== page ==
Do the Biharis Matter? An Outline of the Delhi Elections

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Do the Biharis (along with other Purvanchalis) really matter in the Delhi Elections to be held on 8 February 2020? Can they tip the electoral balance? What will be the overall result? Here is a brief outline of the electoral scene.

According to one estimate, the Purvanchalis (settlers mainly from Bihar and East UP) in Delhi constitute one-third of the electorate. Their vote could influence the results in at least 20 to 25 out of the total 70 Assembly seats in the 2020 election. They voted en bloc for the Congress party’s Sheila Dikshit helping her gain three Chief Ministerial terms (1998 through 2008). As a fallout of the Anna Hazare movement, however, in 2015, the electoral equation changed.

Then, a third of the Delhi electorate is a combination of the Punjabi-Baniya-upper castes that has by and large been a traditional support base to the BJP.

Understanding the significance of the joint weight of the Purvanchalis and the Punjabi-Baniya-upper caste combination, the BJP made a series of strategic moves. It designated Manoj Tiwari, a Lok Sabha member with the Bhojpuri singing and acting background, the president of its Delhi unit. It also put its NDA partners from Bihar -- the Janata Dal (United) of Nitish Kumar and the Lok Janshakti Party of Ram Vilas Paswan -- into the Delhi election fray. Together, the three parties representing the whole of the Bihari society should boost the electoral prospects of the BJP. The current Chief Minister of Uttar Pradesh, Yogi Adityanath has also been campaigning hard among the Purvanchalis. As a counter to this political configuration, the Congress party drafted Lalu Yadav’s son and their party, Rashtriya Janata Dal.

Further, 10 to12 percent voters belong to the Scheduled Castes who were at one time beholden to the Bahujan Samaj Party (BSP) led by the former U.P. Chief Minister, Mayawati. They could influence the result in at least 15 assembly constituencies. According to the election noise, they could be up for the grab by any one of the leading political groups.

Similarly, there are an estimated 12 per cent Muslims among the Delhi electorate who could tip the balance in as many as 10 plus assembly constituencies. With the issues of the Citizens Amendment Act (CAA) and National Registry of Citizenship (NRC) debate getting mixed into the electoral competition, the Muslims will possibly vote for any candidate close to defeating the BJP. Traditionally, they have voted for the Congress party. In order to attract their support, the AAP proclaimed their late opposition to the CAA and NRC.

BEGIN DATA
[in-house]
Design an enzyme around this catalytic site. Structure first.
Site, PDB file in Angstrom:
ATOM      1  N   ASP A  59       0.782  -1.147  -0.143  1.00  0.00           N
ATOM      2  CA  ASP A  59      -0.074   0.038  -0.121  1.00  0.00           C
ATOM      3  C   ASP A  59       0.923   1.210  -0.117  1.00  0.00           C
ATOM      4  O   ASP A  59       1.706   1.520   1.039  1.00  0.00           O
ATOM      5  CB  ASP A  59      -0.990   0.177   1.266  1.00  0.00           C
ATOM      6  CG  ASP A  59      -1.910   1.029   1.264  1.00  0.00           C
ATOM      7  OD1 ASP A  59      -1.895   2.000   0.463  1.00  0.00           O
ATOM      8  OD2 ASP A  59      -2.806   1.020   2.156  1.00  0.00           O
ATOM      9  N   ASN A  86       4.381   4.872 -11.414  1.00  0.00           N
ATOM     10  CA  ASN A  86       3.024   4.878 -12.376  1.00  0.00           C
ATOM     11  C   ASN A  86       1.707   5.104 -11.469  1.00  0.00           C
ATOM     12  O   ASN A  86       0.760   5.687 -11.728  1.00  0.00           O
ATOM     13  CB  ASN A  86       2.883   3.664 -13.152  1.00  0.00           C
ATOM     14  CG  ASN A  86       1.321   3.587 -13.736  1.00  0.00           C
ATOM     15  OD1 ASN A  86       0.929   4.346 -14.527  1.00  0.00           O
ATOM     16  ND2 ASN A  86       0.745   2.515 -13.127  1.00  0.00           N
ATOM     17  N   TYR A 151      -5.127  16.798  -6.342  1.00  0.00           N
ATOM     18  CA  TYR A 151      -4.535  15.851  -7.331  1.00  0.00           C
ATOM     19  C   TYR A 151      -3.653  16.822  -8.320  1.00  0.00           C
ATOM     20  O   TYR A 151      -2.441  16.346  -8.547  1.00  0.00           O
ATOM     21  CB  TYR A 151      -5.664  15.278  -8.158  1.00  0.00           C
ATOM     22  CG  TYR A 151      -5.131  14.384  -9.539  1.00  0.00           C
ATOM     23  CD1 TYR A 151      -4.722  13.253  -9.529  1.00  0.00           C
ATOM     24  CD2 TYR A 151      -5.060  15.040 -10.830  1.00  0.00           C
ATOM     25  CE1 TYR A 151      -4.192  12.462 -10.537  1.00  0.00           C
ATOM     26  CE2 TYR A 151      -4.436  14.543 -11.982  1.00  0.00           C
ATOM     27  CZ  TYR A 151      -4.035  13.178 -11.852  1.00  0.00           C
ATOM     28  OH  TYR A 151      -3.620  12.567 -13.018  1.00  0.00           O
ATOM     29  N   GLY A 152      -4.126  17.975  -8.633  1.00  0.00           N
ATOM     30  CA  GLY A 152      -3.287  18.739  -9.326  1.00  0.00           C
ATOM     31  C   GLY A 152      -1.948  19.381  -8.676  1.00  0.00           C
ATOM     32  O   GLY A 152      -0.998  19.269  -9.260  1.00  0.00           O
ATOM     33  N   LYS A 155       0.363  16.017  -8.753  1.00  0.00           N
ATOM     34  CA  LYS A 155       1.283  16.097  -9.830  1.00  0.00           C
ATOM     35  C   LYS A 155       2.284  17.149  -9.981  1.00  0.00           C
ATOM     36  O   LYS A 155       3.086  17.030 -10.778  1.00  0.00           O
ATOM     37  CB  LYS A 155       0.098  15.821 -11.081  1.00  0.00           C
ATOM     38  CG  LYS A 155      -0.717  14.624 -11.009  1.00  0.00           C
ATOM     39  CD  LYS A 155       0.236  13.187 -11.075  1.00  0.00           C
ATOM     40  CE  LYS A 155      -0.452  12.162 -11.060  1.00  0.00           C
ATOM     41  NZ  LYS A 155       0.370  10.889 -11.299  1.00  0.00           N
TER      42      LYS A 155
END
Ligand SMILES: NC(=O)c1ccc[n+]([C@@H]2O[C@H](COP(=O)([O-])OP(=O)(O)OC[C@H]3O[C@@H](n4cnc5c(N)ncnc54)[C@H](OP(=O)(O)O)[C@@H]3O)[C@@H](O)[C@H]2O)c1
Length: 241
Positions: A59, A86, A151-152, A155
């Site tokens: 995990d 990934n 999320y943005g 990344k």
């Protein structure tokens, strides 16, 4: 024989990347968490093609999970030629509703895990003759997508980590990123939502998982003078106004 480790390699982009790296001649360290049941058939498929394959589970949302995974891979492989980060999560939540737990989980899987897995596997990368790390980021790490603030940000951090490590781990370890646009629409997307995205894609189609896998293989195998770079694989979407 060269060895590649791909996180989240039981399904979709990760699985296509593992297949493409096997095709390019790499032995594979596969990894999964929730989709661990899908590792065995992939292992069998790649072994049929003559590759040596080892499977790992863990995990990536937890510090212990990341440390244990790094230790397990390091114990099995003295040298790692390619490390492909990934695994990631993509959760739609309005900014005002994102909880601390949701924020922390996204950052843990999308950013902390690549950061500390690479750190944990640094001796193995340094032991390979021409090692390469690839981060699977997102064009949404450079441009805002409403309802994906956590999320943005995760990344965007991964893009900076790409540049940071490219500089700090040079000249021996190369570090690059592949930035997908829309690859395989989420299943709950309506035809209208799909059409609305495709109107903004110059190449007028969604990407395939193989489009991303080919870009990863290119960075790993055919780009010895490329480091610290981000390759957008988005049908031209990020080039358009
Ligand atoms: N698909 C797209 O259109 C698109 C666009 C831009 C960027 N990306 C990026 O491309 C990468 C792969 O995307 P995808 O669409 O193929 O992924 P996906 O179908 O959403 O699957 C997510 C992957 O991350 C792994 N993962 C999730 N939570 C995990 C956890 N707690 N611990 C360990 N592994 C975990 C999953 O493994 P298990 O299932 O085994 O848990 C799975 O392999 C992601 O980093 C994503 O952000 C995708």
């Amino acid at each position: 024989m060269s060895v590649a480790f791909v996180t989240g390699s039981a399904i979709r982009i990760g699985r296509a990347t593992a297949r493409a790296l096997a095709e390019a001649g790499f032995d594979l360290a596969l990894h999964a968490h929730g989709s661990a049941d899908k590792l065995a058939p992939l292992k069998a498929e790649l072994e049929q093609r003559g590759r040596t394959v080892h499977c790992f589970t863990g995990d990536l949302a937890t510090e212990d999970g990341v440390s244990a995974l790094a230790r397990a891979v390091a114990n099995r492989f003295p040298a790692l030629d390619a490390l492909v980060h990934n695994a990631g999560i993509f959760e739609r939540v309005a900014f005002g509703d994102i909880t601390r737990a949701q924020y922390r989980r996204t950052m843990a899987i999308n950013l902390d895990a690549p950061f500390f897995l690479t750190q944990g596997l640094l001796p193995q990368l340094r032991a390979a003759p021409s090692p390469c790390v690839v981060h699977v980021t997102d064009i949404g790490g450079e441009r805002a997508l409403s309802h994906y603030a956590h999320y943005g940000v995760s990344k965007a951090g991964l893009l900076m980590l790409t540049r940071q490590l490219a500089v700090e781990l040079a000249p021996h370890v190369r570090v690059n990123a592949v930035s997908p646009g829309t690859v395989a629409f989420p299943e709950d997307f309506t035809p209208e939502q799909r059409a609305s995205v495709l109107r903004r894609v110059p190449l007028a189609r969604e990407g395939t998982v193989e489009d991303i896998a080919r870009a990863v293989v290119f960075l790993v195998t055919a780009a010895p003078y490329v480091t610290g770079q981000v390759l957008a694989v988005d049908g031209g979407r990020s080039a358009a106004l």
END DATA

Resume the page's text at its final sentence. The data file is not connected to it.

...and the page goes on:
A significant five to eight percent Jat voters and four to six percent Gujjar voters also matter in the Delhi elections. They normally vote for the candidates and not necessarily for a political party. As the saying goes, “they don't cast votes; rather, they vote caste!” However, along with the Sikhs, Jats and Gujjars had overwhelmingly voted for the AAP in 2015. That may not necessarily happen this time around since the Shiromani Akali Dal (SAD) has an electoral alliance with the BJP and some influential caste leaders from the Jat and the Gujjar communities have been pressed into campaign by all the parties.

Election studies are interesting because electoral politics always throw surprises. Prognosis and predictions may turn out to be right or wrong. However, in Delhi politics this time around, what appears to be certain that like 2015 Arvind Kejriwal’s AAP shouldn’t be getting 54 percent of the votes, bagging 67 out of 70 seats in the assembly. It was a different time when, riding on the crest of the anti-corruption Anna movement, Kejriwal had substantially cut into the Congress and the BSP support. The two parties respectively yielded as much as 26 and 14 percent of their votes to the AAP.

In that pro-Kejriwal momentum, the BJP was the only party that had by and large retained its traditional support base. Claiming 32 percent of the total votes polled, the BJP had nevertheless lost 4.5 percent votes to the AAP. That made a surprising swing in the results.

Let’s watch what a difference the Purvanchalis make to the Delhi elections.


Dr. Binoy Shanker Prasad hails from Darbhanga and currently resides with his family in Dundas, Ontario (Canada). A former UGC teacher fellow (at JNU) in India and Fulbright scholar in the USA, he has taught politics and authored conference papers, articles and chapters on Bihar in previously published books in the United States, India, and Canada.

Dr. Prasad administers a Facebook page: https://www.facebook.com/OverseasBihari and has sponsored “Aware Citizenship Campaign” at a micro-level in his home-town.

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